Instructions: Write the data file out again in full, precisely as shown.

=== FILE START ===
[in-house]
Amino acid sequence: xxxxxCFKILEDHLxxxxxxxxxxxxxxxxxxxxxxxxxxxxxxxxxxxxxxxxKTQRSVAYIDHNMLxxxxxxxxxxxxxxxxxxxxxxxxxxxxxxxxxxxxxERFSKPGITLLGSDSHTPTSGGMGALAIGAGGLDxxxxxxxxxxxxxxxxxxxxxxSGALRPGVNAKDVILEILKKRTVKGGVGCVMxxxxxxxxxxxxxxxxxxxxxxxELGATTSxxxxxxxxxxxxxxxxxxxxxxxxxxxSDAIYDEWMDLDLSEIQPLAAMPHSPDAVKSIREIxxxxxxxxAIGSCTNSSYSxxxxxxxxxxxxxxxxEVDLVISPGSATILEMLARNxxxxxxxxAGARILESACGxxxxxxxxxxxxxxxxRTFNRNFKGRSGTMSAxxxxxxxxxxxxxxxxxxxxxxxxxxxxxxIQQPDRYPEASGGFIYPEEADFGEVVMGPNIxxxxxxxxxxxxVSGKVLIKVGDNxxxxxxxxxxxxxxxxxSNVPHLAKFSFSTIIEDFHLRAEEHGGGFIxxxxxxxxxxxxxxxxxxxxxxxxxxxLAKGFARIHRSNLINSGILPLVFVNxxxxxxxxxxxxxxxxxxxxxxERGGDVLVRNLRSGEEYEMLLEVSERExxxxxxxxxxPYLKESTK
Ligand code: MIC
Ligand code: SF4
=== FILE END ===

[in-house]
Amino acid sequence: xxxxxCFKILEDHLxxxxxxxxxxxxxxxxxxxxxxxxxxxxxxxxxxxxxxxxKTQRSVAYIDHNMLxxxxxxxxxxxxxxxxxxxxxxxxxxxxxxxxxxxxxERFSKPGITLLGSDSHTPTSGGMGALAIGAGGLDxxxxxxxxxxxxxxxxxxxxxxSGALRPGVNAKDVILEILKKRTVKGGVGCVMxxxxxxxxxxxxxxxxxxxxxxxELGATTSxxxxxxxxxxxxxxxxxxxxxxxxxxxSDAIYDEWMDLDLSEIQPLAAMPHSPDAVKSIREIxxxxxxxxAIGSCTNSSYSxxxxxxxxxxxxxxxxEVDLVISPGSATILEMLARNxxxxxxxxAGARILESACGxxxxxxxxxxxxxxxxRTFNRNFKGRSGTMSAxxxxxxxxxxxxxxxxxxxxxxxxxxxxxxIQQPDRYPEASGGFIYPEEADFGEVVMGPNIxxxxxxxxxxxxVSGKVLIKVGDNxxxxxxxxxxxxxxxxxSNVPHLAKFSFSTIIEDFHLRAEEHGGGFIxxxxxxxxxxxxxxxxxxxxxxxxxxxLAKGFARIHRSNLINSGILPLVFVNxxxxxxxxxxxxxxxxxxxxxxERGGDVLVRNLRSGEEYEMLLEVSERExxxxxxxxxxPYLKESTK
Ligand code: MIC
Ligand code: SF4